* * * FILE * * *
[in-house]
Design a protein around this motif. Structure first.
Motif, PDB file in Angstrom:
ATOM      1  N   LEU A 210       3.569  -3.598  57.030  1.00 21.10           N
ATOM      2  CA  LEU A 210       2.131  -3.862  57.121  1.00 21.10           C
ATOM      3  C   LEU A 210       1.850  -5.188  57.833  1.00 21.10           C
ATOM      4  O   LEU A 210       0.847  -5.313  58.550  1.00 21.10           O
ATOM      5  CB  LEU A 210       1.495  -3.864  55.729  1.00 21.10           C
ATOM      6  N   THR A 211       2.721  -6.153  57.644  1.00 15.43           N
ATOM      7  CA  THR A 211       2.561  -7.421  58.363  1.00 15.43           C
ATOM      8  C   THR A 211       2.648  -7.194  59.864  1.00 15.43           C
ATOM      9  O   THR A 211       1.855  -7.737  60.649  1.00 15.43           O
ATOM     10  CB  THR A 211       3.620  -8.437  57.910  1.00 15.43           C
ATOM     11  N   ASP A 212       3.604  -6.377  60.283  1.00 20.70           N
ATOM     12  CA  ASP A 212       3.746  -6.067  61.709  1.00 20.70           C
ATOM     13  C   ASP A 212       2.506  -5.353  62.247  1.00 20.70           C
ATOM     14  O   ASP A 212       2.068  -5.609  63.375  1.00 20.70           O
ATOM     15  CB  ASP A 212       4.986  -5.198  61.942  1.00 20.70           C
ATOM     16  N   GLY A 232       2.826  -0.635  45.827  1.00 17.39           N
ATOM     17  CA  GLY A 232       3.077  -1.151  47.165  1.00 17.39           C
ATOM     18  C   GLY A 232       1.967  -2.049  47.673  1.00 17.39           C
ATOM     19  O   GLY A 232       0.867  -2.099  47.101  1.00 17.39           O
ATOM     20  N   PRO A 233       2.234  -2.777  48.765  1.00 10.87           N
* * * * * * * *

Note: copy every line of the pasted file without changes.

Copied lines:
[in-house]
Design a protein around this motif. Structure first.
Motif, PDB file in Angstrom:
ATOM      1  N   LEU A 210       3.569  -3.598  57.030  1.00 21.10           N
ATOM      2  CA  LEU A 210       2.131  -3.862  57.121  1.00 21.10           C
ATOM      3  C   LEU A 210       1.850  -5.188  57.833  1.00 21.10           C
ATOM      4  O   LEU A 210       0.847  -5.313  58.550  1.00 21.10           O
ATOM      5  CB  LEU A 210       1.495  -3.864  55.729  1.00 21.10           C
ATOM      6  N   THR A 211       2.721  -6.153  57.644  1.00 15.43           N
ATOM      7  CA  THR A 211       2.561  -7.421  58.363  1.00 15.43           C
ATOM      8  C   THR A 211       2.648  -7.194  59.864  1.00 15.43           C
ATOM      9  O   THR A 211       1.855  -7.737  60.649  1.00 15.43           O
ATOM     10  CB  THR A 211       3.620  -8.437  57.910  1.00 15.43           C
ATOM     11  N   ASP A 212       3.604  -6.377  60.283  1.00 20.70           N
ATOM     12  CA  ASP A 212       3.746  -6.067  61.709  1.00 20.70           C
ATOM     13  C   ASP A 212       2.506  -5.353  62.247  1.00 20.70           C
ATOM     14  O   ASP A 212       2.068  -5.609  63.375  1.00 20.70           O
ATOM     15  CB  ASP A 212       4.986  -5.198  61.942  1.00 20.70           C
ATOM     16  N   GLY A 232       2.826  -0.635  45.827  1.00 17.39           N
ATOM     17  CA  GLY A 232       3.077  -1.151  47.165  1.00 17.39           C
ATOM     18  C   GLY A 232       1.967  -2.049  47.673  1.00 17.39           C
ATOM     19  O   GLY A 232       0.867  -2.099  47.101  1.00 17.39           O
ATOM     20  N   PRO A 233       2.234  -2.777  48.765  1.00 10.87           N